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Radiation

Radiation is another type of treatment that is used to fight off the effects of Multiple Myeloma. When a patient undergoes radiation therapy, X-rays, are used to stop the growth of cancerous and myeloma cells. This form of treatment can best be used on a specific area of the body. Radiation targets a cluster of cancerous cells in one location, a tumor or a mass. Radiation therapy is typically conducted at a hospital or at a medical center that specializes in such treatments.

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Chemotherapy

This type of medication kills the cells that fast-growing. It also kills cells that are multiplying and becoming cancerous and myeloma cells. These drugs are administered through the vein sor in pill form. Chemotherapy is usually only administered when other medications are not as effective as initially hoped for. When stem cell transplants are being used as a form of treatment, chemotherapy is typically given before the procedure. Chemotherapy produces many side effects, with some of them severe. They include hair loss, weight loss, nausea, vomiting, and fatigue.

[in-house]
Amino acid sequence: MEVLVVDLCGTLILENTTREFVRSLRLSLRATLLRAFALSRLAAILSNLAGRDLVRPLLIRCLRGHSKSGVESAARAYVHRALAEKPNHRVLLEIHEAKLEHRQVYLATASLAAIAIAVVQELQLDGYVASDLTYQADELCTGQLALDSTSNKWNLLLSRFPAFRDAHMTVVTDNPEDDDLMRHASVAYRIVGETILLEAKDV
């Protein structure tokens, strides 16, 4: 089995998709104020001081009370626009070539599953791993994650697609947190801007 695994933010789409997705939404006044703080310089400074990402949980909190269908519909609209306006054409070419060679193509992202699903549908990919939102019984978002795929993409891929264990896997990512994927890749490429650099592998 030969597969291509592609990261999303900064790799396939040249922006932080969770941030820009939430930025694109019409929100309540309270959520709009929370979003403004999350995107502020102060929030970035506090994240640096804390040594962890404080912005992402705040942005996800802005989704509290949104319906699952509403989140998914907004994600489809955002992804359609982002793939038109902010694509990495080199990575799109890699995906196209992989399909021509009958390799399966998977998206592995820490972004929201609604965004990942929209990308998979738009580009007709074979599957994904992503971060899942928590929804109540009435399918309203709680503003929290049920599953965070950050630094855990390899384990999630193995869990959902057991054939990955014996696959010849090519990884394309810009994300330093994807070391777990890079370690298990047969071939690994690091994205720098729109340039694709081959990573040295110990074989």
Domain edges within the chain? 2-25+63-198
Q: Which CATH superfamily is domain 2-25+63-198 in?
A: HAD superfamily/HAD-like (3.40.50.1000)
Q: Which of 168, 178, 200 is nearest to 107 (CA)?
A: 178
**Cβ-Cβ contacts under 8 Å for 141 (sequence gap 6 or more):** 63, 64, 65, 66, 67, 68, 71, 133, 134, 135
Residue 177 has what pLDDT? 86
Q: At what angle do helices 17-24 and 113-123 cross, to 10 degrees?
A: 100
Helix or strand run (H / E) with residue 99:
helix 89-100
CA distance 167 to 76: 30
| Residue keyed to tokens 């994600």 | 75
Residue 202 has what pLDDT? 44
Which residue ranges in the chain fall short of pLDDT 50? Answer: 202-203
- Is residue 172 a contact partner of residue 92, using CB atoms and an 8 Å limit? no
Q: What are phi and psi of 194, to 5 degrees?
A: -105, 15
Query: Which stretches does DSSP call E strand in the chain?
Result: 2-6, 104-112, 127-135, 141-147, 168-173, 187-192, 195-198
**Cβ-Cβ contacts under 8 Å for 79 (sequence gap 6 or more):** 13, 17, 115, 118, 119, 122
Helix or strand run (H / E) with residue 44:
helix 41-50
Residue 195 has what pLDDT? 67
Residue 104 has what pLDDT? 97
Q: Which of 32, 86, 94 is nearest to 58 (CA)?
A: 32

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Vaccines

During treatment, while the immune system is low, and if anemia sets in, this can greatly inhibit the body’s natural ability to fight off various types of infections and illnesses. As a preventative method, many physicians suggest that patients who are suffering from Multiple Myeloma undergo vaccinations for common infections that could cause a setback in their treatment. Typical vaccines may include those for the common flu or pneumonia. Very minimal side effects typically occur from these vaccinations, and they greatly outweigh the chance of a severe illness, while undergoing treatment for this type of cancer.